To fully benefit from the vast quantities of data from TCGA, tools for easy data visualisation and analysis must be developed for use of the non-computational scientist. Our panel of experts discuss TCGA data and the tools needed to make sense of it.
Efficiently translating genomic research into the clinic is one of the most important steps in the development of the field. The clinic is where we will see things come to fruition.
New data indicates that newly diagnosed lung cancer patients have a 50% increase in survival rate over 1 year when receiving Keytruda over traditional chemotherapy.
The FDA said yesterday it will relax its review of some genetic tests that examine millions of different variants at the same time, and finalised two guidances designed to enhance collaboration among researchers, and drive the efficient development of novel NGS-based tests.
A literature review finds an increased risk of cancer, late-stage cancer, and mortality, with increased waiting time between a positive screening and start of diagnostic testing.
Researchers have proposed a radical change in the way Alzheimer’s disease is defined, focusing on biological changes in the body, rather than clinical symptoms such as memory loss and cognitive decline.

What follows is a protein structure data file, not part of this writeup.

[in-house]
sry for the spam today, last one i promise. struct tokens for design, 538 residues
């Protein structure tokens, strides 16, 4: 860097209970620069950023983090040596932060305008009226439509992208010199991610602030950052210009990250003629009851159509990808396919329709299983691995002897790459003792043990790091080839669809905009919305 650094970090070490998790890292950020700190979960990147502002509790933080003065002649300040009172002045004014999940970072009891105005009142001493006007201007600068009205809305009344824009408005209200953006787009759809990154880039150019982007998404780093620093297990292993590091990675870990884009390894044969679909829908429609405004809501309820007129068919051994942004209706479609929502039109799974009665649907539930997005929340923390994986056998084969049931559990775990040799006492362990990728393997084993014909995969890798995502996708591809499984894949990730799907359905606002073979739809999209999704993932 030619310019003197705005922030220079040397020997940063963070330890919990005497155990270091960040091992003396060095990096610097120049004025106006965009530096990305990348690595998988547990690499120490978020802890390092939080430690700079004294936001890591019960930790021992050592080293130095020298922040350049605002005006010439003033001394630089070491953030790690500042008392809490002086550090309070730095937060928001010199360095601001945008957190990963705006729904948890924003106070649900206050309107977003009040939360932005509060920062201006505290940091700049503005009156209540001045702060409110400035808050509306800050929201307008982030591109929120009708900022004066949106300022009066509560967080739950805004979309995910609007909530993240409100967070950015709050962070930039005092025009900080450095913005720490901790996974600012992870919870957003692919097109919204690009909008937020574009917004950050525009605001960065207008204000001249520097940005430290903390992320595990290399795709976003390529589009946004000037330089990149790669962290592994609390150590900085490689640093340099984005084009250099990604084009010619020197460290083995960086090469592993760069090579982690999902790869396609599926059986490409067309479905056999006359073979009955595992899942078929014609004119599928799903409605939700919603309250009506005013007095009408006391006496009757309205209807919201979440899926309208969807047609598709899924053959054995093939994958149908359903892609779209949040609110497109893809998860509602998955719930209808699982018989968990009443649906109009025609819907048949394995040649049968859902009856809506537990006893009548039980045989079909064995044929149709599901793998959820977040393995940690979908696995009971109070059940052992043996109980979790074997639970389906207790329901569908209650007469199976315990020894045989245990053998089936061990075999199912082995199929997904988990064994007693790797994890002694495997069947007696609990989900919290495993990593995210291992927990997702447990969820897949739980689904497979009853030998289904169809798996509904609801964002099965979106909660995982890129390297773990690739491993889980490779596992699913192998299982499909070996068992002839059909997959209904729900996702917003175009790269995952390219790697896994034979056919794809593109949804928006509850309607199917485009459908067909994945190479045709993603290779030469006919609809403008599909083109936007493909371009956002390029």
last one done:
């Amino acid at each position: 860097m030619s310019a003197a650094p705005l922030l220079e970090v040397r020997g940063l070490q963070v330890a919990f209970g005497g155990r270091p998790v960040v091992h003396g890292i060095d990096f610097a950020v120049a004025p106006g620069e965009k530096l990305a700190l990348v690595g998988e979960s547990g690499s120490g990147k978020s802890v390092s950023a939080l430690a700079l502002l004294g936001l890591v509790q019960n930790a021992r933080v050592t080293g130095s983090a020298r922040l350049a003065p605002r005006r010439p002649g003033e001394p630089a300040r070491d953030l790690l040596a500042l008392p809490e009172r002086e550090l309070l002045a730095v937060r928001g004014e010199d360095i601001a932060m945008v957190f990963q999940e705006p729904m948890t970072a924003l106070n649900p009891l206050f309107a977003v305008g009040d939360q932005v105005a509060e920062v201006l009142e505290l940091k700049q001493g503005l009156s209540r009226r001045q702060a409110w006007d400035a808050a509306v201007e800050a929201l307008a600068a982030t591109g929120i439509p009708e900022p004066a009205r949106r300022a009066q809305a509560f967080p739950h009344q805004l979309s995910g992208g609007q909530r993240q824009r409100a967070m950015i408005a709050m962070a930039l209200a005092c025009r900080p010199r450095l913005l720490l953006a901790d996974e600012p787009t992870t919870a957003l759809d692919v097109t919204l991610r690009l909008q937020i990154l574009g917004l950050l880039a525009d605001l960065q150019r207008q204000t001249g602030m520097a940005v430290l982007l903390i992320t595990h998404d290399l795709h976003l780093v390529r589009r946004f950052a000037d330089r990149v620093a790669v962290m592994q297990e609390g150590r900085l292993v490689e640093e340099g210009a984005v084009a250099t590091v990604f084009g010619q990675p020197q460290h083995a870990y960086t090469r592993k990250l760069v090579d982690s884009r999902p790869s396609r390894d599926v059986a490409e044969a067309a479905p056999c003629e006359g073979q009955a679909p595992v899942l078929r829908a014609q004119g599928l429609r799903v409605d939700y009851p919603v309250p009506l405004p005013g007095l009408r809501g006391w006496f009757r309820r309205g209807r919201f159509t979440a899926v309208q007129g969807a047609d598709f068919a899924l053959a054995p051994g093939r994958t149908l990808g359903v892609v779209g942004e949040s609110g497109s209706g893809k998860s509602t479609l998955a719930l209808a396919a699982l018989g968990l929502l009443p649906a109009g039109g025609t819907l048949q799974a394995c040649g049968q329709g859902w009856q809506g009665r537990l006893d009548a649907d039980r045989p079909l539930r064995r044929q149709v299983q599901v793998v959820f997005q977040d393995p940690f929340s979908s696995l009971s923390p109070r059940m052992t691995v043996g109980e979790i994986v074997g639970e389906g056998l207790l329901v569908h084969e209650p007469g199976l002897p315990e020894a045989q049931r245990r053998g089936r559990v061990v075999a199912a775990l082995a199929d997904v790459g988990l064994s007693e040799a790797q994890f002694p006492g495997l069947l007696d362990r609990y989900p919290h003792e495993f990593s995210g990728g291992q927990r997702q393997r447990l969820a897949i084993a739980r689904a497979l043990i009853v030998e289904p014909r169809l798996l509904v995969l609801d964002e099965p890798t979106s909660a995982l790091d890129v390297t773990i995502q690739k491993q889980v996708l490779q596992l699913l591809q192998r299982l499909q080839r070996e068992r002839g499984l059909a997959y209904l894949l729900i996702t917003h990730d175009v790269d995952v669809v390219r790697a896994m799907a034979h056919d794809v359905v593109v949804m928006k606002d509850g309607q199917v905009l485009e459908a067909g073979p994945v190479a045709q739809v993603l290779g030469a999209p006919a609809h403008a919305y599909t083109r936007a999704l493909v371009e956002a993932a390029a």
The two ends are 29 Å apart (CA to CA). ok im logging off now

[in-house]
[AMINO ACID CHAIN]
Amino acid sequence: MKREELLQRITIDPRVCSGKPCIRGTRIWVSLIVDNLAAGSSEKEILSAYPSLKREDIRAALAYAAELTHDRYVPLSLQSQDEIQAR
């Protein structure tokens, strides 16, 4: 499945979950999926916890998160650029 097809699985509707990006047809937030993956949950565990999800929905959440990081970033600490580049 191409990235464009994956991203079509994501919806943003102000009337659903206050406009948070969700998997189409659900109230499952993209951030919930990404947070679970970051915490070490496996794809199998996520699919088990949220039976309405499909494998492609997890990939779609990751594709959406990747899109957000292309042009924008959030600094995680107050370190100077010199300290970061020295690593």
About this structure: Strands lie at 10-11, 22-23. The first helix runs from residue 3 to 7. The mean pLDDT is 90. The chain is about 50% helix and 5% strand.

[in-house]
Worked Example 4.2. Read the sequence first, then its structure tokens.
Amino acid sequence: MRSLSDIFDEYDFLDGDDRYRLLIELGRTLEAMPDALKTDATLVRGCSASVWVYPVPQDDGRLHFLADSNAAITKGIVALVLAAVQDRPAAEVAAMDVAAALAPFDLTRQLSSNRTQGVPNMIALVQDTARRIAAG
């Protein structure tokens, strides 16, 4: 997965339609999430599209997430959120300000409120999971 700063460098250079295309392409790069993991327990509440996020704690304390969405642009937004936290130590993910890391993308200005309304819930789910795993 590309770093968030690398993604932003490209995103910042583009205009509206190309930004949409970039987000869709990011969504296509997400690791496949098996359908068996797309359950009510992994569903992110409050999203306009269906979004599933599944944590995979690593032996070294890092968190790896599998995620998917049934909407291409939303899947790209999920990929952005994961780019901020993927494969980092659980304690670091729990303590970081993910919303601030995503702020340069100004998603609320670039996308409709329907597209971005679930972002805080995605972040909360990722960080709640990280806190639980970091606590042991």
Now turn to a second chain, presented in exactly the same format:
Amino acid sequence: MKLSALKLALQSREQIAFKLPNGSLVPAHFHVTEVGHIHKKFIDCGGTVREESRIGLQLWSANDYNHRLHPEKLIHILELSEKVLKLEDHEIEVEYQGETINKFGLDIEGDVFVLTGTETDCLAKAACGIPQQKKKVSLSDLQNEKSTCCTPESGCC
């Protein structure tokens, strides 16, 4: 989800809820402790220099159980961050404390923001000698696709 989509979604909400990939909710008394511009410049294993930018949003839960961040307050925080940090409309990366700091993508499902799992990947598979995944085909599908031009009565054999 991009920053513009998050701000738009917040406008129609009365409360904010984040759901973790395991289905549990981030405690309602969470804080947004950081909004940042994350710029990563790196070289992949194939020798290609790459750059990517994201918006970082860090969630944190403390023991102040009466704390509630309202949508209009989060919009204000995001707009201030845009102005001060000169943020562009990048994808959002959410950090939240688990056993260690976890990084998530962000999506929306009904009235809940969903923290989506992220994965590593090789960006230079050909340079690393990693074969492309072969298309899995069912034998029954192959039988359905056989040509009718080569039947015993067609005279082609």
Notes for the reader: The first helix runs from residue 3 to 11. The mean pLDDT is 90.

23andMe CEO and co-founder Anne Wojcicki says consumers don’t need experts to interpret results from genetic risk tests, and compared the information her company offers to at-home pregnancy tests. But is it that simple?
There is, as of yet, no cure for Alzheimer’s, but a new blood test could open the door to new avenues in drug discovery.
Concerningly, 20% of publicly funded cancer clinical trials in the United States fail because investigators are unable to enroll enough participants.
Studies carried out at Emory University have shown that DNA methylation patterns in saliva appear to be more similar to patterns from the brain, than methylation in blood. Researcher Alicia Smith Associate Professor and Vice Chair for Research, Gynecology and Obstetrics at Emory University joins the discussion.
Dr Joan O’Brien, chair of the University of Pennsylvania’s Department of Ophthalmology, Scheie Eye Institute, Philadelphia, and primary investigator of POAAGG, joins our panel of experts on April 10th to discuss bias in genetic studies and what is being done to remove it.